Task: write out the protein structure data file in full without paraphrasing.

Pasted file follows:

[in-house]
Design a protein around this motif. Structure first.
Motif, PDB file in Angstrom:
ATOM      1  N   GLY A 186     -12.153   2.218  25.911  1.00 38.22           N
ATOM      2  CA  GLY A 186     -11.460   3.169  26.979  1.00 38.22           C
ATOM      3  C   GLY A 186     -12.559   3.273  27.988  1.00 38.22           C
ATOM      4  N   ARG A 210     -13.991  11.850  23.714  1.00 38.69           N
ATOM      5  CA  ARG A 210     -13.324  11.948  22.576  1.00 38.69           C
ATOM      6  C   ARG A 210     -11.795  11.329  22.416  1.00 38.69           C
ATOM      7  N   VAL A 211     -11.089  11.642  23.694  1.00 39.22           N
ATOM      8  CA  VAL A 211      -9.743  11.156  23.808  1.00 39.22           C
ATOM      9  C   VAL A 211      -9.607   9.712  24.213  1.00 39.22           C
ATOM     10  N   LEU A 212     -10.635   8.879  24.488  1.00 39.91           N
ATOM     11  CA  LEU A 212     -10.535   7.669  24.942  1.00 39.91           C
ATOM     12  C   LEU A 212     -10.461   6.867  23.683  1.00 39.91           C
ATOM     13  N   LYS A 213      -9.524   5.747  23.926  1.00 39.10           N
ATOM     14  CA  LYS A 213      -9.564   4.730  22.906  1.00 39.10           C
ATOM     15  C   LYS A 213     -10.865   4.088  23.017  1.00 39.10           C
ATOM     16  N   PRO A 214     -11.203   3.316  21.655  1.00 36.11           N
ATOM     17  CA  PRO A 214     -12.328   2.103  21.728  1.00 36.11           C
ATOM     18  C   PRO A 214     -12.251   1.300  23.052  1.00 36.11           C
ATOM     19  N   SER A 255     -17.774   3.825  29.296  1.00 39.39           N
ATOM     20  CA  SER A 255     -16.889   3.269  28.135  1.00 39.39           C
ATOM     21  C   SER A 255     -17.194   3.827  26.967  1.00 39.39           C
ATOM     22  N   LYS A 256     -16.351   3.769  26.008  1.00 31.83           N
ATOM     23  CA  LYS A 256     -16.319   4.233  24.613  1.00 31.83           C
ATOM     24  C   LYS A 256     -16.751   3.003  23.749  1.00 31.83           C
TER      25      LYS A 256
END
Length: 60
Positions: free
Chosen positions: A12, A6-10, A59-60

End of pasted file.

[in-house]
Design a protein around this motif. Structure first.
Motif, PDB file in Angstrom:
ATOM      1  N   GLY A 186     -12.153   2.218  25.911  1.00 38.22           N
ATOM      2  CA  GLY A 186     -11.460   3.169  26.979  1.00 38.22           C
ATOM      3  C   GLY A 186     -12.559   3.273  27.988  1.00 38.22           C
ATOM      4  N   ARG A 210     -13.991  11.850  23.714  1.00 38.69           N
ATOM      5  CA  ARG A 210     -13.324  11.948  22.576  1.00 38.69           C
ATOM      6  C   ARG A 210     -11.795  11.329  22.416  1.00 38.69           C
ATOM      7  N   VAL A 211     -11.089  11.642  23.694  1.00 39.22           N
ATOM      8  CA  VAL A 211      -9.743  11.156  23.808  1.00 39.22           C
ATOM      9  C   VAL A 211      -9.607   9.712  24.213  1.00 39.22           C
ATOM     10  N   LEU A 212     -10.635   8.879  24.488  1.00 39.91           N
ATOM     11  CA  LEU A 212     -10.535   7.669  24.942  1.00 39.91           C
ATOM     12  C   LEU A 212     -10.461   6.867  23.683  1.00 39.91           C
ATOM     13  N   LYS A 213      -9.524   5.747  23.926  1.00 39.10           N
ATOM     14  CA  LYS A 213      -9.564   4.730  22.906  1.00 39.10           C
ATOM     15  C   LYS A 213     -10.865   4.088  23.017  1.00 39.10           C
ATOM     16  N   PRO A 214     -11.203   3.316  21.655  1.00 36.11           N
ATOM     17  CA  PRO A 214     -12.328   2.103  21.728  1.00 36.11           C
ATOM     18  C   PRO A 214     -12.251   1.300  23.052  1.00 36.11           C
ATOM     19  N   SER A 255     -17.774   3.825  29.296  1.00 39.39           N
ATOM     20  CA  SER A 255     -16.889   3.269  28.135  1.00 39.39           C
ATOM     21  C   SER A 255     -17.194   3.827  26.967  1.00 39.39           C
ATOM     22  N   LYS A 256     -16.351   3.769  26.008  1.00 31.83           N
ATOM     23  CA  LYS A 256     -16.319   4.233  24.613  1.00 31.83           C
ATOM     24  C   LYS A 256     -16.751   3.003  23.749  1.00 31.83           C
TER      25      LYS A 256
END
Length: 60
Positions: free
Chosen positions: A12, A6-10, A59-60